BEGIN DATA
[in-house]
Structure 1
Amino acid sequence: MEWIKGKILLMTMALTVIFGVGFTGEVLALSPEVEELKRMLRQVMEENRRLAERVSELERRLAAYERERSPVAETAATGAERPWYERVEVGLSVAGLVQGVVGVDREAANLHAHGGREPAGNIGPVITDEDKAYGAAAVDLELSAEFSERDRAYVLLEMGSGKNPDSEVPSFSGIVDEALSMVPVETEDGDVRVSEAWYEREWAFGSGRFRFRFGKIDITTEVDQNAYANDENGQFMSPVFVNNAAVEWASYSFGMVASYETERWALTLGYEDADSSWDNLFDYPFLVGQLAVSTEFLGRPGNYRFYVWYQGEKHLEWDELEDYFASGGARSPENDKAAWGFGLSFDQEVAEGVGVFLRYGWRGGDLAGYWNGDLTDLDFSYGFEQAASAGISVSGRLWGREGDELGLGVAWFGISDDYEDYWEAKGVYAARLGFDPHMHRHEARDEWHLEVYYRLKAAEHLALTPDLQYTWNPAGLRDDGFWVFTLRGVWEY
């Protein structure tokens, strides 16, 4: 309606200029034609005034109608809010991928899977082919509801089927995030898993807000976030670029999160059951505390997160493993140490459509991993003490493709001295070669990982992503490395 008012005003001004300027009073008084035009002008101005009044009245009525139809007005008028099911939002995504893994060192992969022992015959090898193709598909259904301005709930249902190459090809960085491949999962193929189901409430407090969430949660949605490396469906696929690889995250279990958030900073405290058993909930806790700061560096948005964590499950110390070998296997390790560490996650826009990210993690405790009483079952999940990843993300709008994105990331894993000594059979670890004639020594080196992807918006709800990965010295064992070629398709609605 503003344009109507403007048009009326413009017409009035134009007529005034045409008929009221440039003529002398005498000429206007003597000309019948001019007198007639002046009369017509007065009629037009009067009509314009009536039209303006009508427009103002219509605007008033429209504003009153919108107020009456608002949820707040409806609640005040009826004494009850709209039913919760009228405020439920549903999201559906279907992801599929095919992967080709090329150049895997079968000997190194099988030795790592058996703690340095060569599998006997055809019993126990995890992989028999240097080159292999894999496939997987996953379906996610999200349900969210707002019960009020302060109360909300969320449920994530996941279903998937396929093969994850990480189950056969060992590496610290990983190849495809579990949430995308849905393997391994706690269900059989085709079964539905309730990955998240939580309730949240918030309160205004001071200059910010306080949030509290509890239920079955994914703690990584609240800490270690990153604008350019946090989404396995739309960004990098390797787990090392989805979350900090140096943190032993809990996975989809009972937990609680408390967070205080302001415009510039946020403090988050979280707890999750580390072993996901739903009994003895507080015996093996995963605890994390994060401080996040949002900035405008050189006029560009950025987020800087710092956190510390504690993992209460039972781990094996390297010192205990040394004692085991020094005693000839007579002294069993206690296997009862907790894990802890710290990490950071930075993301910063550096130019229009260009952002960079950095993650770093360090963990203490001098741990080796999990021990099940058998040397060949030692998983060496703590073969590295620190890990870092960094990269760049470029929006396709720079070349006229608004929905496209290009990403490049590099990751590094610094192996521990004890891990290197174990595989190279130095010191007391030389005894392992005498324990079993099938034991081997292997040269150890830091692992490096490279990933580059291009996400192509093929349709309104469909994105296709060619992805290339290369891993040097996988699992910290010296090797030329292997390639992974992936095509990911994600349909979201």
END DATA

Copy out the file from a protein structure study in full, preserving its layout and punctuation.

[in-house]
Structure 1
Amino acid sequence: MEWIKGKILLMTMALTVIFGVGFTGEVLALSPEVEELKRMLRQVMEENRRLAERVSELERRLAAYERERSPVAETAATGAERPWYERVEVGLSVAGLVQGVVGVDREAANLHAHGGREPAGNIGPVITDEDKAYGAAAVDLELSAEFSERDRAYVLLEMGSGKNPDSEVPSFSGIVDEALSMVPVETEDGDVRVSEAWYEREWAFGSGRFRFRFGKIDITTEVDQNAYANDENGQFMSPVFVNNAAVEWASYSFGMVASYETERWALTLGYEDADSSWDNLFDYPFLVGQLAVSTEFLGRPGNYRFYVWYQGEKHLEWDELEDYFASGGARSPENDKAAWGFGLSFDQEVAEGVGVFLRYGWRGGDLAGYWNGDLTDLDFSYGFEQAASAGISVSGRLWGREGDELGLGVAWFGISDDYEDYWEAKGVYAARLGFDPHMHRHEARDEWHLEVYYRLKAAEHLALTPDLQYTWNPAGLRDDGFWVFTLRGVWEY
């Protein structure tokens, strides 16, 4: 309606200029034609005034109608809010991928899977082919509801089927995030898993807000976030670029999160059951505390997160493993140490459509991993003490493709001295070669990982992503490395 008012005003001004300027009073008084035009002008101005009044009245009525139809007005008028099911939002995504893994060192992969022992015959090898193709598909259904301005709930249902190459090809960085491949999962193929189901409430407090969430949660949605490396469906696929690889995250279990958030900073405290058993909930806790700061560096948005964590499950110390070998296997390790560490996650826009990210993690405790009483079952999940990843993300709008994105990331894993000594059979670890004639020594080196992807918006709800990965010295064992070629398709609605 503003344009109507403007048009009326413009017409009035134009007529005034045409008929009221440039003529002398005498000429206007003597000309019948001019007198007639002046009369017509007065009629037009009067009509314009009536039209303006009508427009103002219509605007008033429209504003009153919108107020009456608002949820707040409806609640005040009826004494009850709209039913919760009228405020439920549903999201559906279907992801599929095919992967080709090329150049895997079968000997190194099988030795790592058996703690340095060569599998006997055809019993126990995890992989028999240097080159292999894999496939997987996953379906996610999200349900969210707002019960009020302060109360909300969320449920994530996941279903998937396929093969994850990480189950056969060992590496610290990983190849495809579990949430995308849905393997391994706690269900059989085709079964539905309730990955998240939580309730949240918030309160205004001071200059910010306080949030509290509890239920079955994914703690990584609240800490270690990153604008350019946090989404396995739309960004990098390797787990090392989805979350900090140096943190032993809990996975989809009972937990609680408390967070205080302001415009510039946020403090988050979280707890999750580390072993996901739903009994003895507080015996093996995963605890994390994060401080996040949002900035405008050189006029560009950025987020800087710092956190510390504690993992209460039972781990094996390297010192205990040394004692085991020094005693000839007579002294069993206690296997009862907790894990802890710290990490950071930075993301910063550096130019229009260009952002960079950095993650770093360090963990203490001098741990080796999990021990099940058998040397060949030692998983060496703590073969590295620190890990870092960094990269760049470029929006396709720079070349006229608004929905496209290009990403490049590099990751590094610094192996521990004890891990290197174990595989190279130095010191007391030389005894392992005498324990079993099938034991081997292997040269150890830091692992490096490279990933580059291009996400192509093929349709309104469909994105296709060619992805290339290369891993040097996988699992910290010296090797030329292997390639992974992936095509990911994600349909979201």